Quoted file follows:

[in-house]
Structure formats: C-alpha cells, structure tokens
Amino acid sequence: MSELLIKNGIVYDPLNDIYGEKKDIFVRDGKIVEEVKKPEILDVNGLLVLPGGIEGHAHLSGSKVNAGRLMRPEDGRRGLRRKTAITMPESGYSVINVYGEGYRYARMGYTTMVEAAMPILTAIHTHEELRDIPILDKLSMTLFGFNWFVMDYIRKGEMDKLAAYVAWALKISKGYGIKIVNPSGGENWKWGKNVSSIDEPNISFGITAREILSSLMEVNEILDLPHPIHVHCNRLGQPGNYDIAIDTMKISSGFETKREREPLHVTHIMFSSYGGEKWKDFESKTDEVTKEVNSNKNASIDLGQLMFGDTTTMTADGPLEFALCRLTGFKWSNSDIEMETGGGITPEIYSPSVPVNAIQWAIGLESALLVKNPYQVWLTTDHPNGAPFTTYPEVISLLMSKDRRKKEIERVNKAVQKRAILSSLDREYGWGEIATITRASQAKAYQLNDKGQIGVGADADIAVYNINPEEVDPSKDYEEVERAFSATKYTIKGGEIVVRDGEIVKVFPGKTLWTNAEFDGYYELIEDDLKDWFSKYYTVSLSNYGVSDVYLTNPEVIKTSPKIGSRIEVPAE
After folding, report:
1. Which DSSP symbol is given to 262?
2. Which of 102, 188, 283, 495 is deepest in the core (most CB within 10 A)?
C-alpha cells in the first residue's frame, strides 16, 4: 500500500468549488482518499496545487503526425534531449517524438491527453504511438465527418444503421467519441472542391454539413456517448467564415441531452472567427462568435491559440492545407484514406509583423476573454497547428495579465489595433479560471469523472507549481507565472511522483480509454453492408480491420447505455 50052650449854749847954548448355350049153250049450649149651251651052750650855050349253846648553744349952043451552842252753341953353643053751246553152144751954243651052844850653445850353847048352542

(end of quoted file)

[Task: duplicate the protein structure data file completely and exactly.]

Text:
[in-house]
Structure formats: C-alpha cells, structure tokens
Amino acid sequence: MSELLIKNGIVYDPLNDIYGEKKDIFVRDGKIVEEVKKPEILDVNGLLVLPGGIEGHAHLSGSKVNAGRLMRPEDGRRGLRRKTAITMPESGYSVINVYGEGYRYARMGYTTMVEAAMPILTAIHTHEELRDIPILDKLSMTLFGFNWFVMDYIRKGEMDKLAAYVAWALKISKGYGIKIVNPSGGENWKWGKNVSSIDEPNISFGITAREILSSLMEVNEILDLPHPIHVHCNRLGQPGNYDIAIDTMKISSGFETKREREPLHVTHIMFSSYGGEKWKDFESKTDEVTKEVNSNKNASIDLGQLMFGDTTTMTADGPLEFALCRLTGFKWSNSDIEMETGGGITPEIYSPSVPVNAIQWAIGLESALLVKNPYQVWLTTDHPNGAPFTTYPEVISLLMSKDRRKKEIERVNKAVQKRAILSSLDREYGWGEIATITRASQAKAYQLNDKGQIGVGADADIAVYNINPEEVDPSKDYEEVERAFSATKYTIKGGEIVVRDGEIVKVFPGKTLWTNAEFDGYYELIEDDLKDWFSKYYTVSLSNYGVSDVYLTNPEVIKTSPKIGSRIEVPAE
After folding, report:
1. Which DSSP symbol is given to 262?
2. Which of 102, 188, 283, 495 is deepest in the core (most CB within 10 A)?
C-alpha cells in the first residue's frame, strides 16, 4: 500500500468549488482518499496545487503526425534531449517524438491527453504511438465527418444503421467519441472542391454539413456517448467564415441531452472567427462568435491559440492545407484514406509583423476573454497547428495579465489595433479560471469523472507549481507565472511522483480509454453492408480491420447505455 50052650449854749847954548448355350049153250049450649149651251651052750650855050349253846648553744349952043451552842252753341953353643053751246553152144751954243651052844850653445850353847048352542